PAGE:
Amidst a series of recent devaluations, Marriott Bonvoy points have always held a baseline value. No matter how many points per night a hotel requires, you can always transfer Bonvoy to airline miles at a fixed ratio of 3:1, with a bonus of 5,000 airline miles thrown in if you transfer at least 60,000 points.
Marriott Bonvoy is ending the 5,000-mile airline bonus whenever you transfer at least 60,000 points for three airlines: American Airlines AAdvantage, Avianca LifeMiles, and Delta SkyMiles.
Marriott Ends 5,000-Mile Transfer Bonus for Select Airlines
On top of the regular transfer ratio of 3:1, Marriott usually throws in a 5,000 mile bonus if you transfer at least 60,000 points, making the optimal transfer ratio 60,000 Marriott Bonvoy points = 25,000 airline miles. Effectively, that brings the transfer ratio to 2.4:1 if you transfer in chunks of 60,000 points.
As of October 31, 2022, Marriott Bonvoy will no longer be providing a transfer bonus of 5,000 airline miles for mileage transfers to American Airlines AAdvantage, Avianca LifeMiles, and Delta SkyMiles.
This makes effective transfer ratio 3:1 at all times to American Airlines AAdvantage, Avianca LifeMiles, and Delta Skymiles, which is a clear devaluation of the program if you’ve been meaning to convert Bonvoy points to one of these three airline programs.
Marriott appears to have communicated this change to select members via email yesterday, and only to those who have made transfers to the affected frequent flyer programs in the past.
There’s no landing page explaining these changes and the page on the Marriott website about transferring points to frequent flyer miles makes no mention of these changes.
Death by a Thousand Cuts
This 5,000-mile transfer bonus has stuck around as long as the old Starwood Preferred Guest (SPG) days, and this is the first time that Marriott Bonvoy is devaluing this feature since the merger took place in 2018. This sets a bad precedent going forward, as we’re now led to think about which other frequent flyer programs’ conversion bonuses may be at risk.
As mentioned earlier, we’ve long considered Marriott Bonvoy points to have a stable baseline value despite continuous year-over-year devaluations in hotel redemption prices. That’s because no matter how much the cost increases to book hotel nights, we can always transfer points to airline frequent flyer programs at a somewhat respectable value.
In this respect, Marriott’s removal of the transfer bonus from select airlines follows the trend of their multi-year long-term trend of “death by a thousand cuts” in terms of devaluing the loyalty program.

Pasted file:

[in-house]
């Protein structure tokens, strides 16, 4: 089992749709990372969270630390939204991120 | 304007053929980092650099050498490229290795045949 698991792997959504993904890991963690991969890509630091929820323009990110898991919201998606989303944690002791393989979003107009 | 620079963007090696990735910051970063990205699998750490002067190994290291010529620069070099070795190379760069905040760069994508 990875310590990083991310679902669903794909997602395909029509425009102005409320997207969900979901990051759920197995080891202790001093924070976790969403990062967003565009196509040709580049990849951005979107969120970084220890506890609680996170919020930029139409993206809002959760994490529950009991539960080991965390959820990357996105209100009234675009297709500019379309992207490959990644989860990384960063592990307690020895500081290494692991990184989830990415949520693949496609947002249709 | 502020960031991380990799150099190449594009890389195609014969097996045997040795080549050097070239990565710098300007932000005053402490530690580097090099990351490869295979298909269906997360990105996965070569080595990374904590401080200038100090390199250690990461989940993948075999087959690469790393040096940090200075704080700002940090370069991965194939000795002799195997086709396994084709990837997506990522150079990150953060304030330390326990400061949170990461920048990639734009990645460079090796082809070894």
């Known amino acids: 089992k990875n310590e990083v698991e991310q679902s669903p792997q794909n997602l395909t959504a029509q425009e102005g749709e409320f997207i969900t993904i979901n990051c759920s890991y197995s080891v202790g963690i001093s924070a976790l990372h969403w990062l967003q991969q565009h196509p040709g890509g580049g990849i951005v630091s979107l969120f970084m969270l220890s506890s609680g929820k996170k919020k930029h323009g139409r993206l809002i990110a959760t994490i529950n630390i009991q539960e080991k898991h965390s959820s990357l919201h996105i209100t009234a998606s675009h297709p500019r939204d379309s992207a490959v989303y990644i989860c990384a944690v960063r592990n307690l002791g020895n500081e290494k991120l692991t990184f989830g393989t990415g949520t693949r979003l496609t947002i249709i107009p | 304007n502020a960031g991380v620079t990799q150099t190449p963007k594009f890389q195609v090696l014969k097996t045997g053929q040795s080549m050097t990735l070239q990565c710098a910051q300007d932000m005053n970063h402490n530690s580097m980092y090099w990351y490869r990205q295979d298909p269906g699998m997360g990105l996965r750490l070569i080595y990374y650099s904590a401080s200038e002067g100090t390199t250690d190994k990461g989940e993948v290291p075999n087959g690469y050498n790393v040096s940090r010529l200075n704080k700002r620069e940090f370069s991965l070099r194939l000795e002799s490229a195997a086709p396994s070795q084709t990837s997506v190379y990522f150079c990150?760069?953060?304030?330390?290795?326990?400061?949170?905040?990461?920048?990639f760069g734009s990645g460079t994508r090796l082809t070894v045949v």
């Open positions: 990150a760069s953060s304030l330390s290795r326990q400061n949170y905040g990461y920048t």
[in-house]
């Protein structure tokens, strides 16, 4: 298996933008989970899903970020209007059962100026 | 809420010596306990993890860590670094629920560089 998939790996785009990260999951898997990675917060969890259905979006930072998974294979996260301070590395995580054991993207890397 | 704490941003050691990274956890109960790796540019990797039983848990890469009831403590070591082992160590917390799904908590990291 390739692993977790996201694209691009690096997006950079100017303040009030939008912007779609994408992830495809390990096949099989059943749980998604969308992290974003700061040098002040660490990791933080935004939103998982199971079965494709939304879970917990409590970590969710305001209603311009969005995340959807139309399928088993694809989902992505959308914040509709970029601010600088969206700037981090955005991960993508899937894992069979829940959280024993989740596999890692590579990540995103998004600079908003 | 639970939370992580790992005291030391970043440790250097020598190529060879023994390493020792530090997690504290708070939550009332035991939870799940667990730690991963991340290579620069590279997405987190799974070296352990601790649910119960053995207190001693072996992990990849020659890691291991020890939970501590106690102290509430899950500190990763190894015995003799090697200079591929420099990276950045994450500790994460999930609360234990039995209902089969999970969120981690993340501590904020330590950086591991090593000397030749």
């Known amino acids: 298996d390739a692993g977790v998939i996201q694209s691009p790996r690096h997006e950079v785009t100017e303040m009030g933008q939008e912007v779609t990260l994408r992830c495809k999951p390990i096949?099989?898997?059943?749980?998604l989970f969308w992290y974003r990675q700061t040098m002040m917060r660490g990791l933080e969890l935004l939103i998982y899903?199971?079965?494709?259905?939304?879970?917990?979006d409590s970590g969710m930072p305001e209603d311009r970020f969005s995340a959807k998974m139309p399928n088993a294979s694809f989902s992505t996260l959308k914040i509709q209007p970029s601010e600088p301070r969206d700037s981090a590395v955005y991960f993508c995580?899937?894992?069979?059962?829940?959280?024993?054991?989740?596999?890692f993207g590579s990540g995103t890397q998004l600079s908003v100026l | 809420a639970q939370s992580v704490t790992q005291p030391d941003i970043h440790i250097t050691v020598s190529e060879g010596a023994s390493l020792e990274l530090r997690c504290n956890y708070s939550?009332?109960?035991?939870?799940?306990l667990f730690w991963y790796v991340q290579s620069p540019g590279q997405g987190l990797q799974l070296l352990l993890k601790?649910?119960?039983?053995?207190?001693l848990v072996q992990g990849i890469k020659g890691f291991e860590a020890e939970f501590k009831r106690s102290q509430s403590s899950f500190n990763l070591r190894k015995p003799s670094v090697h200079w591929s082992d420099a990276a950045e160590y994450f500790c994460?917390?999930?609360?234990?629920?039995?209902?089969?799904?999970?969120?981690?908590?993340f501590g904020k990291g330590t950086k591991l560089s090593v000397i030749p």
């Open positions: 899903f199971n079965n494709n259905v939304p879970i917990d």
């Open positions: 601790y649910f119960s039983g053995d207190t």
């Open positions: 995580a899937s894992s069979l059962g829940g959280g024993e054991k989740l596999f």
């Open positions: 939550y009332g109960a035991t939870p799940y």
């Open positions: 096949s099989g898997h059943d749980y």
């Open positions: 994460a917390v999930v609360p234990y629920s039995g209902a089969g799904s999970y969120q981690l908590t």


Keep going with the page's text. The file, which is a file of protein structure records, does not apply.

In financial terms, the three programs of American AAdvantage, Avianca LifeMiles, and Delta SkyMiles were likely costing Marriott the most to supply. It’s also possible the frequent flyer program wants Marriott to discourage these transfers to possibly increase their mileage sales or other forms of revenue.
Of the three major US airlines, United MileagePlus is the only frequent flyer program not impacted, keeping in mind too that Marriott and United also have a special partnership in place that gives you a 10% bonus when converting hotel points to United.
The Best Ways to Earn Affected Airline Miles
Thankfully, this round of Marriott’s devaluations is fairly minor in the grand scheme of things, as all three affected loyalty programs are more easily earned through other means.
The best way to earn American Airlines AAdvantage miles is by way of RBC Avion, which transfers to AAdvantage at a ratio of 1 Avion = 0.7 AAdvantage miles. However, American Airlines AAdvantage has no other bank transfer program (even in their native US), which makes Marriott Bonvoy’s removal of the transfer bonus more painful.
To earn Delta SkyMiles, Canadian-issued America Express Membership Rewards points can be converted at a ratio of 1:0.75, while Amex US MR points can be converted at a 1:1 ratio.
Avianca LifeMiles are comparatively the easiest to earn, and can be transferred from three of the major US bank programs – Amex US MR, Citi ThankYou, and Capital One – at a 1:1 ratio, often with transfer bonuses in play. Plus, the program routinely allows you to buy miles for as low as 1.2 cents per mile (USD).
Marriott Bonvoy will be removing the 5,000-mile transfer bonus for mileage transfers to American Airlines AAdvantage, Avianca LifeMiles, and Delta SkyMiles as of October 31, 2022.
If you planned to transfer your Marriott Bonvoy points to any of these three programs, it’s best to take advantage before October 31 to get the optimal transfer ratio of 2.4:1 as long as you transfer in increments of 60,000 points.
Long-term, Marriott Bonvoy’s baseline value is now shakier than ever before, and this development sets a poor precedent as we move into 2023 when hotel redemptions are going fully dynamic.